Additionally, efforts to relocate the school to a different piece of property have never been realized because there has never been a viable option for a relocation site.
While nearly all of the desire to save the school comes from Belmont residents, the school belongs to the Shaker Regional School District that educates students from Belmont and Canterbury. In the past, Canterbury School Board members have said that they do not want to see the school destroyed, but they don't see their community's tax dollars being spent to save it.
Ellis said he would get answers to the steeple and bell moving and storage questions and report back to the board in time for the meeting Monday morning.
The School Board is having a meeting at 10 a.m. Monday to vote on the final budget, which may or may not include full-day kindergarten, and to vote on whether or not to add a warrant article for the demolition of the school.
Last Updated on Thursday, 15 January 2015 01:25
BELMONT — Parents and Shaker Regional School Board members learned Tuesday night that adding full-day kindergarten and half-day pre-school program could add as much as $480,000 to the proposed 2015-2016 school district budget.
The costs include two additional teachers, additional buses, and a two, used modular units for classroom space and Superintendent Maria Dreyer said they were "guestimates" at this point.
Dreyer pointed out that the school board and the administration did a "great deal of listening" at an information public information session held earlier this month and learned that parents want full-day kindergarten as opposed to the planned half-day kindergarten and half-day pre-school programs incorporated into one version of the 2015 budget.
Parents packed the Middle School media center Tuesday evening to show support for full-day kindergarten.
Of the four who spoke, seemingly for the rest of the crowd, three were teachers.
Lisa Tucker said kindergarten today is like first grade was when she was in school and with half-day kindergarten only, children lose nine hours of instructional time weekly.
She agreed that pre-kindergarten programs were a "great thing," but said only providing a half a day of kindergarten was a "disservice" to the children.
"They're missing all of the afternoon time," Tucker said.
Parent Lisa Ober, a teacher for 15 years, said there are too many "transitions" with half-day kindergarten. Transitions means a child is home, then in kindergarten for 2 1/2 hours, then in some kind of transportation, then daycare, and then back home again.
She said full-day kindergarten eliminates many of those transitions that she believe can be too many adjustments for a 5-year-old to process.
The problems with implementing full-day kindergarten in Shaker Regional in 2015 in the two elementary schools are multi-faceted.
The first is space. While there is room for full-day kindergarten at Canterbury Elementary School, Dreyer said at Tuesday's meeting, there is not room in Belmont Elementary.
There is a "bubble", or unusually high number of students, in the second and third grades and Dreyer's original two-year plan called for implementing pre-kindergarten in 2015 and working toward full-day kindergarten as the "bubble" moves through elementary school, freeing up much needed space.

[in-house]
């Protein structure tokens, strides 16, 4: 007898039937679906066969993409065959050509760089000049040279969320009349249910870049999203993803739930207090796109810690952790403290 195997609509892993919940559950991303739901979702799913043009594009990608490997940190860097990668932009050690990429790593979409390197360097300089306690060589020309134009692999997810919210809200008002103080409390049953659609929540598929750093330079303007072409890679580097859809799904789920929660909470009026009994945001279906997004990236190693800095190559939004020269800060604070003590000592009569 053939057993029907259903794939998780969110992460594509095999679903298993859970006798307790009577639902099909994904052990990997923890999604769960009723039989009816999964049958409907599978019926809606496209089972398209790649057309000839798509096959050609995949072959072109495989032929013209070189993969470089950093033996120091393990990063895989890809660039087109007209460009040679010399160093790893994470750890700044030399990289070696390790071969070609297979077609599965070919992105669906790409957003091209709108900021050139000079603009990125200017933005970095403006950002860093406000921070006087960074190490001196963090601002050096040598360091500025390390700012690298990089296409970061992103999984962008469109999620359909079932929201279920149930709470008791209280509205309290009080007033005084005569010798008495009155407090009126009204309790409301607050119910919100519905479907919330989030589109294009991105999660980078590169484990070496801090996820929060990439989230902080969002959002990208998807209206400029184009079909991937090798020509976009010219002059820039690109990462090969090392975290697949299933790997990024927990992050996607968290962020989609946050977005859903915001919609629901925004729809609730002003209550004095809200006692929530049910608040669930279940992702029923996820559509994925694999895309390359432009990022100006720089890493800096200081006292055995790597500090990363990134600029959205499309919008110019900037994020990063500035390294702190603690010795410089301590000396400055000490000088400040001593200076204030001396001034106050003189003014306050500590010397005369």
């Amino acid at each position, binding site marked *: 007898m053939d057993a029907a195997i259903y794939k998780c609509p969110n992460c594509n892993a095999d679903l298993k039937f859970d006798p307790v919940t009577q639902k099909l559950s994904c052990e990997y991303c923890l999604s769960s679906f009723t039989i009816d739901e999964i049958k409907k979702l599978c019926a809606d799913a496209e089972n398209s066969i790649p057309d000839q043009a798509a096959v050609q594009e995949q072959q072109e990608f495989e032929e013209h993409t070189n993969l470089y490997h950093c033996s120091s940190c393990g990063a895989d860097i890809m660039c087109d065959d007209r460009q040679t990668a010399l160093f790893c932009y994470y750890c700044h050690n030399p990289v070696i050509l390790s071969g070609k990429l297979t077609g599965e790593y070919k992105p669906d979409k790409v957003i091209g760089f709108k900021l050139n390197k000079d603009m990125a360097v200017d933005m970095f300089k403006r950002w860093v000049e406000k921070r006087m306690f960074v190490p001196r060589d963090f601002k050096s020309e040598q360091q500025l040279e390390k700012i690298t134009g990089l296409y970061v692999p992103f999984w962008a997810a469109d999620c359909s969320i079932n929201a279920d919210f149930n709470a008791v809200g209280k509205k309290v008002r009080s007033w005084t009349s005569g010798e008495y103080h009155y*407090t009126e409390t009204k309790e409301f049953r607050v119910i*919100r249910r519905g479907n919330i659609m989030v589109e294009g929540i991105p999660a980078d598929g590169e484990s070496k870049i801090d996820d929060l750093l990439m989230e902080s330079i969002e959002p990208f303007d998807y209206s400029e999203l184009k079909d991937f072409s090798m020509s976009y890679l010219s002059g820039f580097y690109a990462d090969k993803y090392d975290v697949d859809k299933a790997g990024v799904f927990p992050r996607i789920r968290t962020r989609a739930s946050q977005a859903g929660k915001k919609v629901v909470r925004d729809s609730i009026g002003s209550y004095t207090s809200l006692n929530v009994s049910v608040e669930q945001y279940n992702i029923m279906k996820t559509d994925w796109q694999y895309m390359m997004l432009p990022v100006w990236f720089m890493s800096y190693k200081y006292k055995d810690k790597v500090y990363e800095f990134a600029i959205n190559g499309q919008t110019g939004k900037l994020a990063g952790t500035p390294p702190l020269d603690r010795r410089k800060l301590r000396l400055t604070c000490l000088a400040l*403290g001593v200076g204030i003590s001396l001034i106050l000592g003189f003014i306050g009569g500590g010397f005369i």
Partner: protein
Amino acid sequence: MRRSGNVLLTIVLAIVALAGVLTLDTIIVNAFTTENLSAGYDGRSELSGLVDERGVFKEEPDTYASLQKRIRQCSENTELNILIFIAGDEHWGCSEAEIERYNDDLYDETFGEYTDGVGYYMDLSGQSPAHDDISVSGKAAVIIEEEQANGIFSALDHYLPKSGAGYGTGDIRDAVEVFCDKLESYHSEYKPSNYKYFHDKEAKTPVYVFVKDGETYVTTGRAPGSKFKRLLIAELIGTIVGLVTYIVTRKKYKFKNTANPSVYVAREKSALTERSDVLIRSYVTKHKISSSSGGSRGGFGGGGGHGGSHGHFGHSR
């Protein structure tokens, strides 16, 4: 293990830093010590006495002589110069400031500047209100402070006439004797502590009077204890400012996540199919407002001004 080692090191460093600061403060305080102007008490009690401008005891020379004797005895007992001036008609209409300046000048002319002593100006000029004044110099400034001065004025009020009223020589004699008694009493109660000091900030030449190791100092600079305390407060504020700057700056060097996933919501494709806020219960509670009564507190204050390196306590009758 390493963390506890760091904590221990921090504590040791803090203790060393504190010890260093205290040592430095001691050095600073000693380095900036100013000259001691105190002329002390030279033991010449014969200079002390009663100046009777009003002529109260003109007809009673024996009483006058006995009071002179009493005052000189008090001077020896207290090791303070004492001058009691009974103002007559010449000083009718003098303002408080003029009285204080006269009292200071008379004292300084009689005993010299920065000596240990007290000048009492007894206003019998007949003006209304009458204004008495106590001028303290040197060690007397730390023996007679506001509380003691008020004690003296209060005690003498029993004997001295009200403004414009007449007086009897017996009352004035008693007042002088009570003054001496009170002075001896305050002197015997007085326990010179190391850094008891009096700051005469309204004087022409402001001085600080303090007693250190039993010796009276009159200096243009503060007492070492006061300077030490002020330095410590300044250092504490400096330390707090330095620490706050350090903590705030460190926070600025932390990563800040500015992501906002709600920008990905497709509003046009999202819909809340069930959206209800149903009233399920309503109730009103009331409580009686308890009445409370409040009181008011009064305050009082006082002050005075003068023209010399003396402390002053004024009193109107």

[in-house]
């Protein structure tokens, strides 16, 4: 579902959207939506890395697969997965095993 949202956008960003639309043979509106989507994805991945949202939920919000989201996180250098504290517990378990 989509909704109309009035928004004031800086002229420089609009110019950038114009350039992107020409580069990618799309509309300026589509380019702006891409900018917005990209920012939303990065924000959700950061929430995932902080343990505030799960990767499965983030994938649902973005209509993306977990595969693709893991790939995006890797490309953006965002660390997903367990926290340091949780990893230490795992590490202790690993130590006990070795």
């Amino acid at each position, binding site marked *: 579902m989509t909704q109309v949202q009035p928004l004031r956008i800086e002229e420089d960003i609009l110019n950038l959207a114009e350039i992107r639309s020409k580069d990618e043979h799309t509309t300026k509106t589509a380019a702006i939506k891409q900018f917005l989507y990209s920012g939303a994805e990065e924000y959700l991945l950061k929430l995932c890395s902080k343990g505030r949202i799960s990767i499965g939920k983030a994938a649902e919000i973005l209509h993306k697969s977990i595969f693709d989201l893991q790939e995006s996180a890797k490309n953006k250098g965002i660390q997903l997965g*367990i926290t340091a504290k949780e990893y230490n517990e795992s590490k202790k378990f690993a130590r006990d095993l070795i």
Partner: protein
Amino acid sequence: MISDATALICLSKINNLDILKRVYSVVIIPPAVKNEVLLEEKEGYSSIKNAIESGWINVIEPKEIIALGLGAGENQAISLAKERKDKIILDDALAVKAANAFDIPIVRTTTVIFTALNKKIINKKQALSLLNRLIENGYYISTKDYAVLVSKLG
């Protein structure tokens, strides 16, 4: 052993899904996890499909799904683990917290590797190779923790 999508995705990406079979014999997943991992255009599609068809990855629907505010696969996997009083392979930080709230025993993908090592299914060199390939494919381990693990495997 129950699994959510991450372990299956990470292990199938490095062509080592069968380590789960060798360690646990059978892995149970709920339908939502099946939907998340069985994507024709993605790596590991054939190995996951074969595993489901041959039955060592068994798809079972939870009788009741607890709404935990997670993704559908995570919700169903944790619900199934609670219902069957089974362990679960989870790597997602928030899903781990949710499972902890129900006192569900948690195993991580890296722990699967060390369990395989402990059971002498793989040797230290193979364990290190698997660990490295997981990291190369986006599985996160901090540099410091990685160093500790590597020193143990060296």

Additionally, because of the number of students taking the bus, Dreyer said two additional buses would be needed to accommodate approximately 80 additional students in the afternoon run. The cost of the two additional buses would eat up any potential savings for eliminating the mid-day run.
In Canterbury, there would be some savings because no additional buses would be needed and the mid-day run could be eliminated.
To accommodate the space challenges at Belmont Elementary, the school would need to site a two-classroom modular for two years and rearrange a number of programs and classrooms so that the older children would likely be in the modular. The modular would also cost the school the basketball court which would be needed for parking.
The second issue is political. School Board member Donna Cilley of Belmont said she feels like the school district is treating the full-day kindergarten issue as an "emergency" when it really isn't.
She said the district was reacting to the parents, which is good, but that the district already has a two-year plan and that Dreyer's newest plan for both was a 12th-hour reaction without a solid picture.
"Here we are at the 12th hour talking about a very important program," Cilley said. "It needs to be done right."
Canterbury School Board member Bob Reed said the issue is an emergency for parents. "All these years parents have been thinking they're getting all day-kindergarten and we drop the bomb on them for pre-k," he said.
The third issue is money. Dreyer's two-year plan that called for a half-day of pre-school and a half-day of kindergarten was not going to cost the school district any additional money in 2015. As it stands now, the proposed budget was slightly less than the $21-million total budget approved by voters last year.
To implement full-day kindergarten and half-day of pre-school the cost is "guestimated" to be about $480,000. To implement full-day kindergarten and eliminate the pre-kindergarten program would cost about $90,000 less, said Dreyer when asked.
The School Board was slated to vote on a final proposed budget for 2015 Tuesday but made a unanimous decision to hold a special meeting Monday at 10 a.m. for a final vote on the budget.
Before adjourning, the School Board instructed Dreyer to develop more solid numbers and design programs that would incorporate pre-k, full-day kindergarten and a combination of the two.
Monday is a holiday, however the meeting is scheduled for 10 a.m. in the SAU Building.
Last Updated on Thursday, 15 January 2015 01:17